The Gelflings don't know exactly what or who is attacking them until the Wall of Destiny happens, so there's a hundred year period during which eighteen Skeksis (canon number) wage secret war on the thousands and thousands of Gelflings and the Gelfling never twig to it. Not a tinfoil hat 'the guv'ment is gonna get me' war either, an actual war with hundreds of prisoners transported to the Crystal Castle and killed.

Just eighteen Skeksis. Maybe if they were Daleks, or Cybermen, or Borg. You want me to believe that eighteen lousy Skeksis managed to;

1) Always attack without getting spotted, 
2) Always escape with their prisoners, 
3) Secretly transport them into the Castle that's guarded by Gelflings, 
3) No prisoners EVER escape or elude capture, 
4) NOBODY noticed anything? Ever?

Well, they'd notice these guys. Meet the Garthim! 

Only three easy payments of 19.95, vital for all your Gelfling collecting needs!

The source docs say they're incredibly stupid but in the movie they're seen traveling from the Castle to the Podling village (hours away), smashing it up, capturing Podlings ALIVE, and returning promptly. Also they traveled to Aughra's Observatory (a place they'd never been) and did the same thing. 

They don't get distracted by plants or water crossings or funny smells?

Accomplishing those tasks is a complicated sequence of events. Break those behaviors down for a mo'. Have you ever tried teaching dog with no fetching instinct how to fetch? Or a cat how to pick up a rat without crunching it and letting the gooey cream filling out? They might not be truly sentient, but Garthim are a lot smarter than anyone gives them credit for.

I rewatched the movie, jotted down anything that caught my attention, and then camped out at a bakery with excellent coffee for about five days just free-typing as I tried to hash out my story. Stray thoughts happened. Ideas were examined and discarded with abandon. I went in a lot of odd directions before I settled on the high points and got busy writing. They wanted a 7-10k sample of the story I wanted to tell. HA! (I couldn't articulate that completely until I wrote the summery yesterday)

My excellent script reader, Michelle, was willing to take time out of her holiday to do a quick and dirty evaluation for readability and plotholes big enough the Galactica could fly through.

She sent it back on the 22nd, that gave me a little over a week to get it together. I spent the next couple of days polishing the edges and addressing each note. I FINISHED! (Uh-oh... a good thing happened... guess you know what THAT means...)

High on glee, I idly poked around the website just because I felt like it. Good thing I did.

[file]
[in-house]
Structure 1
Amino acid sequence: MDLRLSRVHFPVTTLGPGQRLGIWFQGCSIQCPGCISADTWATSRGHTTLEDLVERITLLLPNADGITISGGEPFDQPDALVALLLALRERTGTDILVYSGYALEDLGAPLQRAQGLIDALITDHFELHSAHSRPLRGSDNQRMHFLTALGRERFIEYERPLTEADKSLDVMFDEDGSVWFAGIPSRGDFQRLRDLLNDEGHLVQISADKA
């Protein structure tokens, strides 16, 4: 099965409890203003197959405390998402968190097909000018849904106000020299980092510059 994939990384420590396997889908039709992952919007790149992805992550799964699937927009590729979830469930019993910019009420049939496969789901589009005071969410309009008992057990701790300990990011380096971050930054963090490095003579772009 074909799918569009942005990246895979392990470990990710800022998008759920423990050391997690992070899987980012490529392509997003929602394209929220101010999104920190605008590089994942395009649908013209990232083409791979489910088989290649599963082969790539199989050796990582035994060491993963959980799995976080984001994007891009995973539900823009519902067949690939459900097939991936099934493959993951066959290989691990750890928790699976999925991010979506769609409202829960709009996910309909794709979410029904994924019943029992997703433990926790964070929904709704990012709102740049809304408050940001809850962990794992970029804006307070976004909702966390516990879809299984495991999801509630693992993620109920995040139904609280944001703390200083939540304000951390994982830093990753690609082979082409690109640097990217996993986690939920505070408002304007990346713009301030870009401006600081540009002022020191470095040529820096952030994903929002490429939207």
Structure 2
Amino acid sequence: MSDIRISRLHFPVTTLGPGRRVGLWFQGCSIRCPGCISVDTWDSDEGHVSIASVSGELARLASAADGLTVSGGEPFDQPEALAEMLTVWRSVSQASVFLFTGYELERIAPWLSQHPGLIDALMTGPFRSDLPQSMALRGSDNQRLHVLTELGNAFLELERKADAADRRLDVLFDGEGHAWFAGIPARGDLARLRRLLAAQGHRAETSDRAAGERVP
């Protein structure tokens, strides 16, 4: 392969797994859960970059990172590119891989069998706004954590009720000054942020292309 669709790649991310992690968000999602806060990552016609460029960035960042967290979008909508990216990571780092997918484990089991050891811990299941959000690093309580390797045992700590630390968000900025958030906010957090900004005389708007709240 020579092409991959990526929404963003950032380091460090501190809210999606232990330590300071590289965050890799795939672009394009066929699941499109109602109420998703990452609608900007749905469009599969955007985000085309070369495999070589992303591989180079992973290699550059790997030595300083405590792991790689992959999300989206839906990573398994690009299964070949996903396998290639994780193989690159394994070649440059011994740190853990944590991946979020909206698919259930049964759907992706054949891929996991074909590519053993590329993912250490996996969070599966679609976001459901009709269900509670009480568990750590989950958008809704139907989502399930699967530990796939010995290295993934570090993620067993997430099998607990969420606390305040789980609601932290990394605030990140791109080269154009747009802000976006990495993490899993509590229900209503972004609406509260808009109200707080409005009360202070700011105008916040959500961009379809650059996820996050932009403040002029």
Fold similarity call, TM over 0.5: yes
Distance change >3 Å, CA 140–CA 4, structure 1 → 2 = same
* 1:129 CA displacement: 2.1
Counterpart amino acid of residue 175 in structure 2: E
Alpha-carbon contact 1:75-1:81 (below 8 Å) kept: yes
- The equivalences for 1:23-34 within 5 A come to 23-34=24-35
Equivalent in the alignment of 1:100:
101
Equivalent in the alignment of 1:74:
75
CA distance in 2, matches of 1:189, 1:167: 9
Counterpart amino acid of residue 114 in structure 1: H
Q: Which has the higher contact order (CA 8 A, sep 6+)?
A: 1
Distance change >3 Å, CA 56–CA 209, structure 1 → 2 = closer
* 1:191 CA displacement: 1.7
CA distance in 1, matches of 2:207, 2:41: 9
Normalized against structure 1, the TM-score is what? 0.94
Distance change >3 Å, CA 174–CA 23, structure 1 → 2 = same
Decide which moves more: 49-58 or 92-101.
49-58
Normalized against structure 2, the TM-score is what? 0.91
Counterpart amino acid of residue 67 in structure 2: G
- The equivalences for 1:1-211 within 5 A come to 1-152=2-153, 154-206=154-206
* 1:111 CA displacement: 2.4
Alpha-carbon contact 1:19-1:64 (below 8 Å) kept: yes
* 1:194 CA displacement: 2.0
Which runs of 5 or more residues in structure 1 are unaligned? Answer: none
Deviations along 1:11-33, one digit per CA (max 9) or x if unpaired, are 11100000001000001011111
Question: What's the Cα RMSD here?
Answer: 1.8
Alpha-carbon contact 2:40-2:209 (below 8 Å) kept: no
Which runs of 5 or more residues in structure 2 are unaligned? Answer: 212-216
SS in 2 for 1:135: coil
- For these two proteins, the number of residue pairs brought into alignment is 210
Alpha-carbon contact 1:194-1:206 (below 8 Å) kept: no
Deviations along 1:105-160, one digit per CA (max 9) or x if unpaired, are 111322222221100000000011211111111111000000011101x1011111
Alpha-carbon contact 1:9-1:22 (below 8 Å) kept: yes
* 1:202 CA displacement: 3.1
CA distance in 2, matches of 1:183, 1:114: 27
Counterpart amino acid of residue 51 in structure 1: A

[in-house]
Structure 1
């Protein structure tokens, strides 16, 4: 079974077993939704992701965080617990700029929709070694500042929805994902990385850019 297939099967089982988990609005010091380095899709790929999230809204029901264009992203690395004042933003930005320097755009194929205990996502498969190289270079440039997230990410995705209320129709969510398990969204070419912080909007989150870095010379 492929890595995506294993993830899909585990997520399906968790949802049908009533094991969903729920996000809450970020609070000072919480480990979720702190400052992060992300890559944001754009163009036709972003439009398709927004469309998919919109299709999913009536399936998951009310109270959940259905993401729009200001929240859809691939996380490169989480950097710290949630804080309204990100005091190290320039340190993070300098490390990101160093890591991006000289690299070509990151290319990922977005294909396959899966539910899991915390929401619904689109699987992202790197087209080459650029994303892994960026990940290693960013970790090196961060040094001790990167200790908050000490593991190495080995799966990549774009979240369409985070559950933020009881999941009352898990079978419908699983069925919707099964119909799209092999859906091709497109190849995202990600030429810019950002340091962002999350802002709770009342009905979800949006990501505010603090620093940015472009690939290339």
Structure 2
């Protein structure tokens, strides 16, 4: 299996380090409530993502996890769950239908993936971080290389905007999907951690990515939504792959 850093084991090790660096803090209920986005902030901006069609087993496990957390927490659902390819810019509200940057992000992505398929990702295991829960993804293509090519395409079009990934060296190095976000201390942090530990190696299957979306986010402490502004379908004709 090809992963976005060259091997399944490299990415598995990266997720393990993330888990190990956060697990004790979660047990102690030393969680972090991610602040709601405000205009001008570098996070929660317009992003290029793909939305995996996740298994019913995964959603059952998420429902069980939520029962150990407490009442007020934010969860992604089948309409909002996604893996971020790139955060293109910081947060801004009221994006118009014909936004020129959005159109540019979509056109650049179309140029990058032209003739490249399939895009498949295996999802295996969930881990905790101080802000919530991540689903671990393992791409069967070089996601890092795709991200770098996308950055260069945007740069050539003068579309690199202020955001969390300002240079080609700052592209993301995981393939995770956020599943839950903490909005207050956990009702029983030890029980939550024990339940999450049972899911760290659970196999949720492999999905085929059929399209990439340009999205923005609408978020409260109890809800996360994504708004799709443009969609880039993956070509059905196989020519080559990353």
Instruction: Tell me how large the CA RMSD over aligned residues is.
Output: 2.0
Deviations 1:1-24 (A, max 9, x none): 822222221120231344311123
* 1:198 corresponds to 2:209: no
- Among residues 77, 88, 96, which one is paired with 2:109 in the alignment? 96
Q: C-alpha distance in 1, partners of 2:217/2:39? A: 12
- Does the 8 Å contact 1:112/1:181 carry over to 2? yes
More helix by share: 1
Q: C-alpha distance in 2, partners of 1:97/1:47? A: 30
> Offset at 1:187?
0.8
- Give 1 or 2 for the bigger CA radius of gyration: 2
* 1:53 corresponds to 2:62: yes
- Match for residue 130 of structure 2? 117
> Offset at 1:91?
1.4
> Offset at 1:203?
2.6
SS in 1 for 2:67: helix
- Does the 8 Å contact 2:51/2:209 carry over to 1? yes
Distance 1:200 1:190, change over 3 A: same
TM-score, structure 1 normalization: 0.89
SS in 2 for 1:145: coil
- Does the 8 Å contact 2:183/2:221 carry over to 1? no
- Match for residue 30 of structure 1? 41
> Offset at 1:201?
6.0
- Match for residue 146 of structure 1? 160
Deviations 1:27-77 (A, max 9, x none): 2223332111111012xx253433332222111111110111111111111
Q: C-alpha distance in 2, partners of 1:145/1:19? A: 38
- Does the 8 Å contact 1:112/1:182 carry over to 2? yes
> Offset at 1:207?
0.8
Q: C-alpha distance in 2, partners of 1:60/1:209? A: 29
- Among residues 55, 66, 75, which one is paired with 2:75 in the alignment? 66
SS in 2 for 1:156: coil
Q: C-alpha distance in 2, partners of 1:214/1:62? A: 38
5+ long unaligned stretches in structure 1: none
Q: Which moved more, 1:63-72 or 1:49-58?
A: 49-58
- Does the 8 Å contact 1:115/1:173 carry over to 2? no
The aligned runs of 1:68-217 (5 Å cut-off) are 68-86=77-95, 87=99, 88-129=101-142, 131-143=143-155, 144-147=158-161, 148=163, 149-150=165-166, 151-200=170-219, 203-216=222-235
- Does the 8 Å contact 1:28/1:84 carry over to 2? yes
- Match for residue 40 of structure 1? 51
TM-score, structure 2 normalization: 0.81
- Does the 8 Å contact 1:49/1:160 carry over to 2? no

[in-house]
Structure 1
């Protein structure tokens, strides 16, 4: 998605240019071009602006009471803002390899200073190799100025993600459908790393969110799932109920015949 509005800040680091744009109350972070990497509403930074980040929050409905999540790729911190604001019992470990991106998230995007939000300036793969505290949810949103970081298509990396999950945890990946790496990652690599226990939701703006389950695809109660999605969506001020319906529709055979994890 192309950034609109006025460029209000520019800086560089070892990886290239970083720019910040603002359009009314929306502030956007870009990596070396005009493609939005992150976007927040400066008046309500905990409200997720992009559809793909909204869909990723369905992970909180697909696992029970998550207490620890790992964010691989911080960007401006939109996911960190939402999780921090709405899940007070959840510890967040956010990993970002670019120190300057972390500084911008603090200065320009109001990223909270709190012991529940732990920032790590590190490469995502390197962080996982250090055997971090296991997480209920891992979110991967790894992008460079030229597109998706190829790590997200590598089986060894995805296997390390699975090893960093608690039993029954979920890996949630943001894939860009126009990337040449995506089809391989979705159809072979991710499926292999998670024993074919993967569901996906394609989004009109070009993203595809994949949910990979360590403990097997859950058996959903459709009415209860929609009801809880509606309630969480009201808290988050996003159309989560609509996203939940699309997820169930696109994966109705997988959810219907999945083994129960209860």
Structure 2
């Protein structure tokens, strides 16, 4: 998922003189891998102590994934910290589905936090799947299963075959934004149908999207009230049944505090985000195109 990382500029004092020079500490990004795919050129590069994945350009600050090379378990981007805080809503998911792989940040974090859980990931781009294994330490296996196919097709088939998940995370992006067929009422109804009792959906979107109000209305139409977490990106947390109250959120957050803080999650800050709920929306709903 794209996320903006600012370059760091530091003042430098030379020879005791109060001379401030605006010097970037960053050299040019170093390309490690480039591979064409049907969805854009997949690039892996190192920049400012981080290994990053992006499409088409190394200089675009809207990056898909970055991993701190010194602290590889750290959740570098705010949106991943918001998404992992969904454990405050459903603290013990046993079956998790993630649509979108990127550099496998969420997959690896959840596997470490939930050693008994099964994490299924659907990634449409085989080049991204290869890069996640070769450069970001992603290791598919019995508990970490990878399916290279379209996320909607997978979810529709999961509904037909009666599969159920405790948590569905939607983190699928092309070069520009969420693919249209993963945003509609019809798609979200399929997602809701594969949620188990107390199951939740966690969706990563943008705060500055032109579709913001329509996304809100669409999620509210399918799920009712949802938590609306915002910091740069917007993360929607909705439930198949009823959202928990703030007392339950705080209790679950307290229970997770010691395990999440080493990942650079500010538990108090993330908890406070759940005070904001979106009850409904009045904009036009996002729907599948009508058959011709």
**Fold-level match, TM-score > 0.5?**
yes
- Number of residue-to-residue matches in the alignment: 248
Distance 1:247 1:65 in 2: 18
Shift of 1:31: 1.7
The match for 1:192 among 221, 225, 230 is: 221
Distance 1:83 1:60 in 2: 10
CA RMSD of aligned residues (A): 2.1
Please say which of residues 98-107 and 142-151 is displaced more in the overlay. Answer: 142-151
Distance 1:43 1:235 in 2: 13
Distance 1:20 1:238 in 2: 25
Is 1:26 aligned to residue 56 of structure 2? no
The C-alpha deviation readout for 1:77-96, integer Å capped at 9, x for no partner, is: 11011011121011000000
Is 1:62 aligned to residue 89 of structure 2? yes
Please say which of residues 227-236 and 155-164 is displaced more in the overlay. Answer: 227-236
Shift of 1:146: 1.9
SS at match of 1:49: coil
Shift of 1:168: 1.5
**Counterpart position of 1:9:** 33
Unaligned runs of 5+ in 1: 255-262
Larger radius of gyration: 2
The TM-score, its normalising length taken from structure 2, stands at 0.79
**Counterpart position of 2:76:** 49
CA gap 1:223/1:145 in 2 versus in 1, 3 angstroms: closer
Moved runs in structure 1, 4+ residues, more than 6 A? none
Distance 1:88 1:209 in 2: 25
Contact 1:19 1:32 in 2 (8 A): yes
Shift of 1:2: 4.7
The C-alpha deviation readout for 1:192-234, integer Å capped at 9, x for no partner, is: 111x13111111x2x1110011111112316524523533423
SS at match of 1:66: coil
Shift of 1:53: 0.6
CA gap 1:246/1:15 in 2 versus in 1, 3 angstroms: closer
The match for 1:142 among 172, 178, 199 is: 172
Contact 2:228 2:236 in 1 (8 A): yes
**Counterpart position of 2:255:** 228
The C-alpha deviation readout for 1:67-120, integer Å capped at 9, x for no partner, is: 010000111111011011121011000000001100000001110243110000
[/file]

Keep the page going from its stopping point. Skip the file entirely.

Skeksis don't make the Garthim until after the Wall of Destiny happens.



I say again, the Skekis DON'T build their foot soldiers until AFTER the Gelfling realize SOMEONE is after them. Okay, so, yeah... no. No. NO. The Skeksis are NOT gullible, or optimists, or battle hardy behemoths. They scheme and hide and plot and lie and lie and lie about what they're really doing for as long as possible because they're afraid the Gelflings could stop them.

So why would they start doing it when there's only eighteen of them? You don't go to war when you're outnumbered thousands to one with no soldiers. 

Tactical sense=none.

As a result, on Christmas day I discovered half my story just became invalid. Literally, I had twenty pages and ten of those were about the Garthim. Merry Christmas to me. I haunted the Author Quest message board, relieved I wasn't the only person thrown for a loop on the timeline, and prayed for a solution. After I wasted half a day wallowing trying to convince myself that I could hand-wavy that awkward fact away and give the Skeksis Garthim and keep my PERFECT STORY PERFECT, I accepted reality.

It was the five stages of grief in about twelve hours. Denial, anger, bargaining, depression and acceptance, like psychotic emotional Christmas roller coaster.

T-5 days to deadline.

You know what got me to the finish line?

Steven Moffat. Yeah, him. I saw an interview and he said that he wrote Blink over a long weekend and it went into production ten days later (I know, I know, he'd been thinking about the story a hell of a lot longer than a weekend) but the epic awesomeness that is Blink happened fast! In a weekend!

I can fix a short story over five days. Not that I'm saying I'm as badass or talented as Steven Moffat, but I CAN DO THIS and someday I want to write Doctor Who so as a step down that road, I'M FIXING THIS.

The rewrite process illustrated through interpretive dance: 

*Battle cry*
*Actual cry*
*Chugging beer*
*Weeping into the keyboard*
*Weeping angels on my keyboard*
*Fuck me it's three AM again*
*I can sleep in January*
*Wash, rinse, repeat*

Then a miracle happened, I DID IT. I fixed it, the Garthim are gone. It's as canon as I can make it. I'm going to fiddle with it for one more day searching for the next-to last typo (there's always one that gets away) before I submit and then put it on my 'You Tried' board as my last 2013 accomplishment.

'Cause I rule. 

*Pirouettes into the sunset*  

Sunday, December 1, 2013

Whovian 5evah

Unless you hate sci-fi, you must have noticed Doctor Who is celebrating fifty years. Fifty years! Can you imagine writing a story that's stayed around and only gotten more popular as the decades pass?